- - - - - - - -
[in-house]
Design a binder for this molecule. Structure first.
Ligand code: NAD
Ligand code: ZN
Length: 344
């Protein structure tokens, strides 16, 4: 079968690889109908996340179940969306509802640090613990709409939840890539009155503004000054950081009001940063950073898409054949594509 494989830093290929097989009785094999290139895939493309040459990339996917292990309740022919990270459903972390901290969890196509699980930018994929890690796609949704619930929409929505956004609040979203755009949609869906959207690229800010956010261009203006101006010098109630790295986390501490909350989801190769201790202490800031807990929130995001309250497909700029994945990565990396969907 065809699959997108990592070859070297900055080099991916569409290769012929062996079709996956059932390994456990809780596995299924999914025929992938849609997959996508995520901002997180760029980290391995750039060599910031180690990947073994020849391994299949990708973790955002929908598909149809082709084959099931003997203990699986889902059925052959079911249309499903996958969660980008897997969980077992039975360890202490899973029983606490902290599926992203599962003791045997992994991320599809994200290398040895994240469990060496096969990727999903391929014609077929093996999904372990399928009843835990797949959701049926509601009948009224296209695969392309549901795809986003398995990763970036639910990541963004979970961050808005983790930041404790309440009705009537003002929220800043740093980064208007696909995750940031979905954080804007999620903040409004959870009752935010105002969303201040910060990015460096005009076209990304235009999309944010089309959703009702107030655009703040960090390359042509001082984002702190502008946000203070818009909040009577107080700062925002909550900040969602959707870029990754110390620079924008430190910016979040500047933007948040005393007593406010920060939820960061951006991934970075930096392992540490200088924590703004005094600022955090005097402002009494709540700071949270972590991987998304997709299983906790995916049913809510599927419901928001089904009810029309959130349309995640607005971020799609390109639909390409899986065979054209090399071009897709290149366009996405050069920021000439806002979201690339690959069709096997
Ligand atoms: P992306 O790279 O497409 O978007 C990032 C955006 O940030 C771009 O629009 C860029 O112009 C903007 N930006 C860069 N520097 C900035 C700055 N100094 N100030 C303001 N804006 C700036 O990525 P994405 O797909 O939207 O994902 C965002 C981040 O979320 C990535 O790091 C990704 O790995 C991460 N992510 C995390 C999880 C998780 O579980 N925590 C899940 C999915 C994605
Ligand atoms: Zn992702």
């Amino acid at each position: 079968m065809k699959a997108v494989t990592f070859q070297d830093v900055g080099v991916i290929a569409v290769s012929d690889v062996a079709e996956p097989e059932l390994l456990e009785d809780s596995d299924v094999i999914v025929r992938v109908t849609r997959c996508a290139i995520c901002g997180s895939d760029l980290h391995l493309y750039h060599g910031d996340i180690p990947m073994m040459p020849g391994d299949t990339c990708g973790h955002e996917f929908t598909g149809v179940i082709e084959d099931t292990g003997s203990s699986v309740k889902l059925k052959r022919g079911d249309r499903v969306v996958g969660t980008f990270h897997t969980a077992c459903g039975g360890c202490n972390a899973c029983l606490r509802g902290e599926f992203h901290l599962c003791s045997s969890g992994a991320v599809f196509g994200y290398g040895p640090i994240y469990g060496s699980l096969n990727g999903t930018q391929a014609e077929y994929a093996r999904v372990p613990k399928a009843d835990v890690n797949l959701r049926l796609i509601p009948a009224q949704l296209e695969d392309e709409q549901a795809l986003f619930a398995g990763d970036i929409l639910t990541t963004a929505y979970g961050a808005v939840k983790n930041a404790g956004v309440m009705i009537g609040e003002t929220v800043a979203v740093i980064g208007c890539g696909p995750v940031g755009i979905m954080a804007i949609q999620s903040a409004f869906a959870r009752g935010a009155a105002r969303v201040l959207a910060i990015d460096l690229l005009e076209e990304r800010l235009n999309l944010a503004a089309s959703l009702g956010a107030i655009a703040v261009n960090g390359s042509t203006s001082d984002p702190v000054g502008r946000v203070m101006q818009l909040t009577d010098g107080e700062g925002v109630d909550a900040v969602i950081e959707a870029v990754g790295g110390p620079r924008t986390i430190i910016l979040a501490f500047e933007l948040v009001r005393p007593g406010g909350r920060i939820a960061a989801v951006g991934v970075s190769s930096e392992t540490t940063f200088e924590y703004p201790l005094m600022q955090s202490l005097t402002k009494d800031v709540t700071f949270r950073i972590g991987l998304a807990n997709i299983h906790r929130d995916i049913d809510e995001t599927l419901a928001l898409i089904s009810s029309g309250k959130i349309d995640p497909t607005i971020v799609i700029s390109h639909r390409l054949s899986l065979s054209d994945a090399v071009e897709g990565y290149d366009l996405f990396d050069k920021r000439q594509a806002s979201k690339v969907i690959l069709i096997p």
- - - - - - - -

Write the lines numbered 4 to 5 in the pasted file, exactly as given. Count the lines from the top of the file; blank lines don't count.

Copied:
Ligand code: ZN
Length: 344